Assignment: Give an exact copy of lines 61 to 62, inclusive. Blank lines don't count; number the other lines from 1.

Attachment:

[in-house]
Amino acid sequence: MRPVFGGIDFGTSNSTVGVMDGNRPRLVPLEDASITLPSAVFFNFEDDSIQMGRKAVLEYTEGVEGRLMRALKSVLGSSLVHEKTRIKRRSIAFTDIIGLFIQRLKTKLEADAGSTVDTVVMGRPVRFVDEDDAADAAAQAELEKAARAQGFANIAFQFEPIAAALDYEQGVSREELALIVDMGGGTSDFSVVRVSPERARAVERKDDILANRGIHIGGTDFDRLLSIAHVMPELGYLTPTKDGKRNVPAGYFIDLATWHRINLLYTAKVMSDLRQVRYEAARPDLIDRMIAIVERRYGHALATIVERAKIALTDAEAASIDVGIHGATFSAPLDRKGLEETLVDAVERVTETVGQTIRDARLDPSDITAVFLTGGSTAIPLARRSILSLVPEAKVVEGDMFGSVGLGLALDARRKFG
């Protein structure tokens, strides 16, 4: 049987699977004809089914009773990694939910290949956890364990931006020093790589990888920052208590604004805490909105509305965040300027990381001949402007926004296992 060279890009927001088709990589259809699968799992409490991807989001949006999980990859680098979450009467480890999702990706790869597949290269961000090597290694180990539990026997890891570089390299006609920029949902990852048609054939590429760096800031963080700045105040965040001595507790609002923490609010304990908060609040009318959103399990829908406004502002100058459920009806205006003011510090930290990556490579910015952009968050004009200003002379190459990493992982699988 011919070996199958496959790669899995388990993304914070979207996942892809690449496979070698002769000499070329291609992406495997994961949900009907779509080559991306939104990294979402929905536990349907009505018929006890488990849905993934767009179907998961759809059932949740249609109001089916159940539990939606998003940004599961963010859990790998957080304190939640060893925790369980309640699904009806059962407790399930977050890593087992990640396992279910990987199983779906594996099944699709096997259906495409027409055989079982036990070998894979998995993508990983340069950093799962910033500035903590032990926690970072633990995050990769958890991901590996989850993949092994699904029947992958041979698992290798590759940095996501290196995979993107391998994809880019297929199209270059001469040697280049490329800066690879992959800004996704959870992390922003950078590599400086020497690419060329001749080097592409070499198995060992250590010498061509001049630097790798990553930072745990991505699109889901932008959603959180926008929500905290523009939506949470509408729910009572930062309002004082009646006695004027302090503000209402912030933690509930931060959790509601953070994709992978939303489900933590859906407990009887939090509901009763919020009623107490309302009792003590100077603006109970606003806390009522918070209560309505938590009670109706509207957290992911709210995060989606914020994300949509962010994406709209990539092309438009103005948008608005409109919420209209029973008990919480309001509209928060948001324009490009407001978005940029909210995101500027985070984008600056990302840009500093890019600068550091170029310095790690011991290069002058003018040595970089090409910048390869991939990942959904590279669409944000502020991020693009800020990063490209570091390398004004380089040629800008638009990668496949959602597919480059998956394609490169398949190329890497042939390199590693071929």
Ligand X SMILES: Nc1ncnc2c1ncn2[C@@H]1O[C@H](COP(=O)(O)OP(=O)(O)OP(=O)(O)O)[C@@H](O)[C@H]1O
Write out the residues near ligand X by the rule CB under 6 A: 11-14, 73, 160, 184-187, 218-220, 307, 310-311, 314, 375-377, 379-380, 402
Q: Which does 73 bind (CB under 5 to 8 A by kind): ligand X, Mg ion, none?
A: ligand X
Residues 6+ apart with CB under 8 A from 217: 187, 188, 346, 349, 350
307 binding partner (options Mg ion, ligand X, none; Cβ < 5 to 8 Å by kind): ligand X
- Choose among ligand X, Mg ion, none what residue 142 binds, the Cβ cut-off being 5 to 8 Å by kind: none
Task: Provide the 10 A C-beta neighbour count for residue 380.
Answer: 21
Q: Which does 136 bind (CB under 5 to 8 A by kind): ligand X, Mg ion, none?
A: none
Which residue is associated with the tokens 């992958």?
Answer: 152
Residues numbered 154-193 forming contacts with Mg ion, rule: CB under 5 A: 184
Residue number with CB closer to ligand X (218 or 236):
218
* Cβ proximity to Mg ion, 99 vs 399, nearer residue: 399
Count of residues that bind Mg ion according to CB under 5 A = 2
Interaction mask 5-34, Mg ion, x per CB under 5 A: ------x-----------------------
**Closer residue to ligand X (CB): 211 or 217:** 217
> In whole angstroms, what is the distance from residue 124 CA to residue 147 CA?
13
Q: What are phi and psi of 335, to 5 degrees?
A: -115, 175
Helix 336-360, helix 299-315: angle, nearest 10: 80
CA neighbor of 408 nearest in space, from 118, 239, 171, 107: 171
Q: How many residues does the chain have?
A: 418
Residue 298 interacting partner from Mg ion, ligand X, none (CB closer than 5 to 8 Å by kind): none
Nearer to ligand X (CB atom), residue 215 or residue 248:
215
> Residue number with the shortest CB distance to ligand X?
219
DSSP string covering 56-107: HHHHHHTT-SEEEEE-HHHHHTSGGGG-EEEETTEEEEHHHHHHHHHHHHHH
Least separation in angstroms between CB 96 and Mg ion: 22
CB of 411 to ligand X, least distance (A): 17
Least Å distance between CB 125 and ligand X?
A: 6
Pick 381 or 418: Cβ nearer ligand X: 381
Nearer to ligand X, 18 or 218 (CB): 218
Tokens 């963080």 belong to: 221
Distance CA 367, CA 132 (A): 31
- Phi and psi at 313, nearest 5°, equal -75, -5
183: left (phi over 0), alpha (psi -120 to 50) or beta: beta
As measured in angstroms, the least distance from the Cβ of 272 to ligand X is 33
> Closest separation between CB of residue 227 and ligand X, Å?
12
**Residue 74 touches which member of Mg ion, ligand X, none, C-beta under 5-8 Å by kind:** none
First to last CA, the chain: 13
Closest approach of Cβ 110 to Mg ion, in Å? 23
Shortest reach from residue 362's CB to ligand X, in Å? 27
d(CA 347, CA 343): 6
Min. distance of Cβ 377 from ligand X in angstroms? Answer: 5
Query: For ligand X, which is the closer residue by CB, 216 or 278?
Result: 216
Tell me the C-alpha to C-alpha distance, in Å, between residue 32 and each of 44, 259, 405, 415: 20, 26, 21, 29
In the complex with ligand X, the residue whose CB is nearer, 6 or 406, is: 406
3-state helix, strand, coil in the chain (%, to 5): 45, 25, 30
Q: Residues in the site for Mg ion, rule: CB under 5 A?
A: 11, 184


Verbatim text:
3-state helix, strand, coil in the chain (%, to 5): 45, 25, 30
Q: Residues in the site for Mg ion, rule: CB under 5 A?